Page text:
αi is the position in the ith instrument, and

Si is the proportional bid-offer spread for the ith instrument.

Although diversification reduces market risk, it does not reduce liquidity trading risk. It is worth noting that Si increases with the size of position i. holding many positions tends to entail less liquidity risk. Therefore as mentioned above, setting position limits is a strategy to decrease trading risk [3].

Another measure of liquidity is the cost of liquidation in stressed market conditions within a defined time period.

image      (3)

Where μi and σi are the mean and standard deviation of the relative spread for the ith financial instrument held,

λ is the parameter that gives the required confidence level for the spread.

Equation (3) assumes that spreads of all instruments are perfectly correlated.

Once the spread are fixed, one simply could construct a liquidityadjusted VaR, LVAR, from the traditional VaR by adding the cost of unwinding positions in a normal market or a stressed market as suggested by Bangia et al. who in fact consider the uncertainty in the spread [4].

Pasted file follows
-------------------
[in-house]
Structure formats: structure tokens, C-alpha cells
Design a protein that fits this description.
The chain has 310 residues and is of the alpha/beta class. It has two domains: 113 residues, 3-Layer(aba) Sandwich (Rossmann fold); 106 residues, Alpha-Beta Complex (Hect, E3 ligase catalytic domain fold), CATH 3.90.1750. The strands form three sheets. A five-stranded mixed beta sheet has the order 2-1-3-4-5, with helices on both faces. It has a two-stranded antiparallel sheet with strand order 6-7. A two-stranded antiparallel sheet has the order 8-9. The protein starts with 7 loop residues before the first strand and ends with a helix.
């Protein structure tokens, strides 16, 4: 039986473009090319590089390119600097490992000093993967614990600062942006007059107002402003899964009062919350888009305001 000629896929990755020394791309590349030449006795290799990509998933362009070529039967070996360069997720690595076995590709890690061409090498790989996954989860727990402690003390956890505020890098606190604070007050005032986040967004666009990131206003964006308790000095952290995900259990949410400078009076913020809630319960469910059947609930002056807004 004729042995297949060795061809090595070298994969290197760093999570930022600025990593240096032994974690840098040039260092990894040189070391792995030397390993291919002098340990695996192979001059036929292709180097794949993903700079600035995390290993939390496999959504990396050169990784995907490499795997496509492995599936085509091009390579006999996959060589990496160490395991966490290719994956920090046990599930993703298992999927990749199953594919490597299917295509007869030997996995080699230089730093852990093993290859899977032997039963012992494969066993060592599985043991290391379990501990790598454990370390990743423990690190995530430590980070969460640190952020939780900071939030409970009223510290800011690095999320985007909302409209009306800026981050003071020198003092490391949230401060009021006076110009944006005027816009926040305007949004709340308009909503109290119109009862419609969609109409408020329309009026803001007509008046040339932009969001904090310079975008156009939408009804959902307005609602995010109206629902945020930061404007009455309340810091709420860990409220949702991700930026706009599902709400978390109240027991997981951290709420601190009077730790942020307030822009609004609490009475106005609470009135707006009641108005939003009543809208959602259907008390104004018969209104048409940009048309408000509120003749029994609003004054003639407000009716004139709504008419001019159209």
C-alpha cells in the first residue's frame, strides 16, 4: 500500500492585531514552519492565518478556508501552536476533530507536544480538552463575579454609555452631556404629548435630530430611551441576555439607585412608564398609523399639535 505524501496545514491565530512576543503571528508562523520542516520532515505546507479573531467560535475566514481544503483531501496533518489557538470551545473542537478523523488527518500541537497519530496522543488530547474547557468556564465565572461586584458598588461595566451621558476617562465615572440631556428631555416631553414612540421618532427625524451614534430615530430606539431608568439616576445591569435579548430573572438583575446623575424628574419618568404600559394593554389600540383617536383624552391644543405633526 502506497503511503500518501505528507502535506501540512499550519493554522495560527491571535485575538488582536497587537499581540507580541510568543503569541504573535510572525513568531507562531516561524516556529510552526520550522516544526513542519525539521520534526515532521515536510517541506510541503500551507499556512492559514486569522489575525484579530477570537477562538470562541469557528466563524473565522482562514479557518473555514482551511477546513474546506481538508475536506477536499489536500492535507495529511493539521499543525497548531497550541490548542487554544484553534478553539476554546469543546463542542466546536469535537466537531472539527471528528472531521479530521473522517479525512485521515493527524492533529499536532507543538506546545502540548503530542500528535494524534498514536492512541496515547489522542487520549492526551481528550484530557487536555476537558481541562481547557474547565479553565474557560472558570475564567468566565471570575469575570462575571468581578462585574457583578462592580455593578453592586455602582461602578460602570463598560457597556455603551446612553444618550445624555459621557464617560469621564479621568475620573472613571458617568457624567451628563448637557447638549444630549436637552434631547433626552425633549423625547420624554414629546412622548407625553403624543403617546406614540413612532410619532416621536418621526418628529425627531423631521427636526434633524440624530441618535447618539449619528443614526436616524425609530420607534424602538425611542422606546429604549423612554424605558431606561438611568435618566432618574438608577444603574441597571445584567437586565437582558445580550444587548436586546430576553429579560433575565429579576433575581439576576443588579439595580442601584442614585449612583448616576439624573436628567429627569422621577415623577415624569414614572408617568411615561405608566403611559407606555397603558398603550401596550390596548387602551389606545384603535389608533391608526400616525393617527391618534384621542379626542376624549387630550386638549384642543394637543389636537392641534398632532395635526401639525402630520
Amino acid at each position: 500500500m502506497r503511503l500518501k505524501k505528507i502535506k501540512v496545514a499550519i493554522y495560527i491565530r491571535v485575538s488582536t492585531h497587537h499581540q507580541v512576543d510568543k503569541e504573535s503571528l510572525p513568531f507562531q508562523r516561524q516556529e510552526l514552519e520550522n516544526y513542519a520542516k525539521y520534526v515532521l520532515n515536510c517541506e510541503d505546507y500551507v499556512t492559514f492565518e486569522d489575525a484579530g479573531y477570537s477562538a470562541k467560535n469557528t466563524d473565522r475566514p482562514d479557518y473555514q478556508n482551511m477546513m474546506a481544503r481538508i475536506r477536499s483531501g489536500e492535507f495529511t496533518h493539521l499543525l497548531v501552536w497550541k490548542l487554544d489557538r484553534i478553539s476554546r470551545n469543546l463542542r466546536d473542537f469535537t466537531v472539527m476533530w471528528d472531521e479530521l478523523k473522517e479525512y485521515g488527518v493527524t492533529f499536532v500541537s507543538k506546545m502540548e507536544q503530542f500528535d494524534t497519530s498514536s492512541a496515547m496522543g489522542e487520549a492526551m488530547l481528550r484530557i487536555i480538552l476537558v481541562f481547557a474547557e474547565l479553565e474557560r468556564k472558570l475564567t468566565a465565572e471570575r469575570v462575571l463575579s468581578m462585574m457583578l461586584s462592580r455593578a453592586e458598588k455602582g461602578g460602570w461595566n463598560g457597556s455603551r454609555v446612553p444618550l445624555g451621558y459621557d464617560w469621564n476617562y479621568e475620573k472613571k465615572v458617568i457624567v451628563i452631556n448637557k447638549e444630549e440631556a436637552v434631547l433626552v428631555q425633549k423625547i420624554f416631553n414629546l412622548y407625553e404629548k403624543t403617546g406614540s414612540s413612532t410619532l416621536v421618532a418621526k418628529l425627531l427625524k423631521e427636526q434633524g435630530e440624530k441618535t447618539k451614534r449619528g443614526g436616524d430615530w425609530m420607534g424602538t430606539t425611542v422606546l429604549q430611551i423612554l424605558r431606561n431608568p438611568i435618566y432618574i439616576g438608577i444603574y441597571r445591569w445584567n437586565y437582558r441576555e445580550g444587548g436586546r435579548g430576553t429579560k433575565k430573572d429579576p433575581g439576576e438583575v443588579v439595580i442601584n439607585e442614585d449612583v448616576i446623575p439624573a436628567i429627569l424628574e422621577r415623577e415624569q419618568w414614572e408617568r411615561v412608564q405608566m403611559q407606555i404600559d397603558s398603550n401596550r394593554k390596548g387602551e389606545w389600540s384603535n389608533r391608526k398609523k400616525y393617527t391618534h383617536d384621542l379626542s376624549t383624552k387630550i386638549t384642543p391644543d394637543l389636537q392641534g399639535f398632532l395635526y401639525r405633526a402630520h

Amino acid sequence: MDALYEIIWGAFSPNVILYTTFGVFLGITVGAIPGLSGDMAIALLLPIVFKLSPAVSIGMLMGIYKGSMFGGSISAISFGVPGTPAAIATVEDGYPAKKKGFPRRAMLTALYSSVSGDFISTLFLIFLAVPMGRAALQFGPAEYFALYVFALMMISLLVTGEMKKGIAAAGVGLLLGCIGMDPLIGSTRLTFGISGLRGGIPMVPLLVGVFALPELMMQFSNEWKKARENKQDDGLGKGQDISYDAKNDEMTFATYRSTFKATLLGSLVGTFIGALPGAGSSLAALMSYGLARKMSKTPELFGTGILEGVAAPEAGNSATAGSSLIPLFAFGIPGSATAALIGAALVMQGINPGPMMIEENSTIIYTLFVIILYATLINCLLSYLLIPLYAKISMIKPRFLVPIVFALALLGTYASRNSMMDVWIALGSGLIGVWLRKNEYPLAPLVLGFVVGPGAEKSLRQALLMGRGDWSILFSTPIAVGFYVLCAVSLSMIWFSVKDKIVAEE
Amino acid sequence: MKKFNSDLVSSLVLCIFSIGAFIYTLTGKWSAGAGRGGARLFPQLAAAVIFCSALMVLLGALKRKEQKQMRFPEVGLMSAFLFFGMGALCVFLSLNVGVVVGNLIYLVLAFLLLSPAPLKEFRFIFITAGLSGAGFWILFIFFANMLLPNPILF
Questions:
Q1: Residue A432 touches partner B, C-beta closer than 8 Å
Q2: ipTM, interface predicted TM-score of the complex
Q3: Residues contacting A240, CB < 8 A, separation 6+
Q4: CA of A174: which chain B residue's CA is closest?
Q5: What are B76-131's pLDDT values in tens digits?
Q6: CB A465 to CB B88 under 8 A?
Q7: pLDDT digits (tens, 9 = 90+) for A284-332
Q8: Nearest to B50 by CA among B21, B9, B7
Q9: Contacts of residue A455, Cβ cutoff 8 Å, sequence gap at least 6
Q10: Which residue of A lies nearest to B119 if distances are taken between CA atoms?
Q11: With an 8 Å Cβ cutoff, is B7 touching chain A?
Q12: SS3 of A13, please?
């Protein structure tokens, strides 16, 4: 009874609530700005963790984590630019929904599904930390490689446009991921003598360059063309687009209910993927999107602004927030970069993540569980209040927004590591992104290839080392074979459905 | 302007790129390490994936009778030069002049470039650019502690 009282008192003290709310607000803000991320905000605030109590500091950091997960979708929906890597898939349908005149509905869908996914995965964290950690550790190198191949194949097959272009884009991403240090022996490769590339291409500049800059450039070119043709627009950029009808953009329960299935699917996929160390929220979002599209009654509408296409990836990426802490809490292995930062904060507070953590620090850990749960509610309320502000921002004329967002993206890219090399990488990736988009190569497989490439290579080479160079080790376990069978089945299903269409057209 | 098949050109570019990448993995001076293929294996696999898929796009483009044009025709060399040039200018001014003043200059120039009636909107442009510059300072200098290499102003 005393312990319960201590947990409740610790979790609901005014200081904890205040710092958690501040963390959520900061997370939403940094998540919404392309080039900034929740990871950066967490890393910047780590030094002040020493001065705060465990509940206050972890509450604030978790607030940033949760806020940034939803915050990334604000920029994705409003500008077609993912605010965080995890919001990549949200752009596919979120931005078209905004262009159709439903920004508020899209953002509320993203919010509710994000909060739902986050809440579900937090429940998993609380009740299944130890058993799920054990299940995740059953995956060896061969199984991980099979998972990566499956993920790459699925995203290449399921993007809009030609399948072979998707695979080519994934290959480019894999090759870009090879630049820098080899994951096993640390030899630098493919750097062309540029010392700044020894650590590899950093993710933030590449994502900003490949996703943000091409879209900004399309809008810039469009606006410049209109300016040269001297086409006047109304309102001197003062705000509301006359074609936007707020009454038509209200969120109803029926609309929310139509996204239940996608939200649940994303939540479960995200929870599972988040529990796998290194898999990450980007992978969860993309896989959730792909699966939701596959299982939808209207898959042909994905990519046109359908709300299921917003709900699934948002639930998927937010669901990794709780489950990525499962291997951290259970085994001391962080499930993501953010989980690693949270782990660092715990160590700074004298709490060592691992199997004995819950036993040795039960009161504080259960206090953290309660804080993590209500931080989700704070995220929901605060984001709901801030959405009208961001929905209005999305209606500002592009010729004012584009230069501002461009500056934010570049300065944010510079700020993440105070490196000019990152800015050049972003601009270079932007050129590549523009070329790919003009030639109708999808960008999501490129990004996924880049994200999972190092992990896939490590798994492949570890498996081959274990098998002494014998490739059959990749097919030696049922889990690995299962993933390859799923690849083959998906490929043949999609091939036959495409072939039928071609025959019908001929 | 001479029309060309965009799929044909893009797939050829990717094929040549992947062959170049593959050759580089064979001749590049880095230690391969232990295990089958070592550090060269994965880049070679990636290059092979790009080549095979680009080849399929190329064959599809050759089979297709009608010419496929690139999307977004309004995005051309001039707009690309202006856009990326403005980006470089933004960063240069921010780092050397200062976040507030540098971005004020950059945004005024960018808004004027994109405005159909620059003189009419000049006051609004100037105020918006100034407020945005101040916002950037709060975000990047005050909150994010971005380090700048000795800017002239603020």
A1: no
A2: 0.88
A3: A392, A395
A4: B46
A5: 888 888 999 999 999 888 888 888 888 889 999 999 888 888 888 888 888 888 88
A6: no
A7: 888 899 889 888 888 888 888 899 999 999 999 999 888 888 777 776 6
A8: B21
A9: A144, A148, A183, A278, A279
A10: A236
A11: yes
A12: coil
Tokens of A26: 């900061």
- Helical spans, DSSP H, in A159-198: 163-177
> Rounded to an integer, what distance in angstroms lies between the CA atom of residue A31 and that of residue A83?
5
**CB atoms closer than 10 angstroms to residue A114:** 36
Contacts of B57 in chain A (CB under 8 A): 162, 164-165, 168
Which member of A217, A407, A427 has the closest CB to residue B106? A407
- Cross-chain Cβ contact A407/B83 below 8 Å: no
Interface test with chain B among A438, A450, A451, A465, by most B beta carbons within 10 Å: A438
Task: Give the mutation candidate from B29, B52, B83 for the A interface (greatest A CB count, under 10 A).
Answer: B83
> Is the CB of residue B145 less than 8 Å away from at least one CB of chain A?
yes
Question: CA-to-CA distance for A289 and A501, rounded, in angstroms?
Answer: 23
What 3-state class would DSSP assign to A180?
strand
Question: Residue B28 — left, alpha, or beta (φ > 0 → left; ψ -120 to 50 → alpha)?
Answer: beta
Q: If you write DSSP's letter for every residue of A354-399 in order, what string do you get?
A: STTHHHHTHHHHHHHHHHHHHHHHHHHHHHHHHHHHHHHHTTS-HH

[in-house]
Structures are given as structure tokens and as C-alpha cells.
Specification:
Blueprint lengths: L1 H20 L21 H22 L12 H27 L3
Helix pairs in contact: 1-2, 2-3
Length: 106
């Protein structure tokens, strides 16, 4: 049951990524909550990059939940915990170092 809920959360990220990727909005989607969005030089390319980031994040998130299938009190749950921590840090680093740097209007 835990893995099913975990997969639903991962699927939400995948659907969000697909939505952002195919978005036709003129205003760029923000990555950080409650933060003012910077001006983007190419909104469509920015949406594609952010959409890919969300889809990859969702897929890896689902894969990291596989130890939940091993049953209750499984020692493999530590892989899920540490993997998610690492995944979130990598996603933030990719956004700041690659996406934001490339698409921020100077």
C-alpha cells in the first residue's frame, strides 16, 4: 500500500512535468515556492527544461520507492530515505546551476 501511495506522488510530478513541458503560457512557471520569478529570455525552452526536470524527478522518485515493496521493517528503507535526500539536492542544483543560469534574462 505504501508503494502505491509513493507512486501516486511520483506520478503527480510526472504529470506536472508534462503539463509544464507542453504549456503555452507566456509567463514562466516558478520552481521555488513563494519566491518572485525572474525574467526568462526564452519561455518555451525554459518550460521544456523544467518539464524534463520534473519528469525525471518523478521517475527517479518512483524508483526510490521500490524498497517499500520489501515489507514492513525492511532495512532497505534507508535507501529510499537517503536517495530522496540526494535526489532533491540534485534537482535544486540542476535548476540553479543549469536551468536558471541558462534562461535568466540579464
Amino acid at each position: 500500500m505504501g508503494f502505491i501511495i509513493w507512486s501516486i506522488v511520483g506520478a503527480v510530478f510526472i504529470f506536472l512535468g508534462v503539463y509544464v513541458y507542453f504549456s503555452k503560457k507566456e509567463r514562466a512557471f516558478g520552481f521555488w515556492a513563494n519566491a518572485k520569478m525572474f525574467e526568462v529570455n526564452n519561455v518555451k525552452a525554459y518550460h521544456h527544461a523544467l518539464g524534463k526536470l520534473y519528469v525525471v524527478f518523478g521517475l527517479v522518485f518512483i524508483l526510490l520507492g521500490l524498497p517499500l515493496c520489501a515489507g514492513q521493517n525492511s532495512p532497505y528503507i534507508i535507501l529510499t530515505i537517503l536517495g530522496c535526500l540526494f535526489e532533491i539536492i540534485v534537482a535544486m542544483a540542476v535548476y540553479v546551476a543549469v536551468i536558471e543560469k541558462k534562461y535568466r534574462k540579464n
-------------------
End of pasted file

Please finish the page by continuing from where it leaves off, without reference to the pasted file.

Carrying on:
image      (4)

image      (5)

This assumes that the worst market loss and increase in spread will occur simultaneously. In general we observe a positive correlation between volatility and spreads. At the portfolio level, one theoretically could take into account correlations between spreads. In practice, summing the individual worst spreads provides a conservative measure of the portfolio worst spread but in fact it is not. Because when liquidity is tight and spreads widen, they tend to do so for all instruments. Therefore it makes sense to calculate the liquidity measures in equation (2) and (3) on a regular basis which are likely to be decreasing functions of the liquidation time period.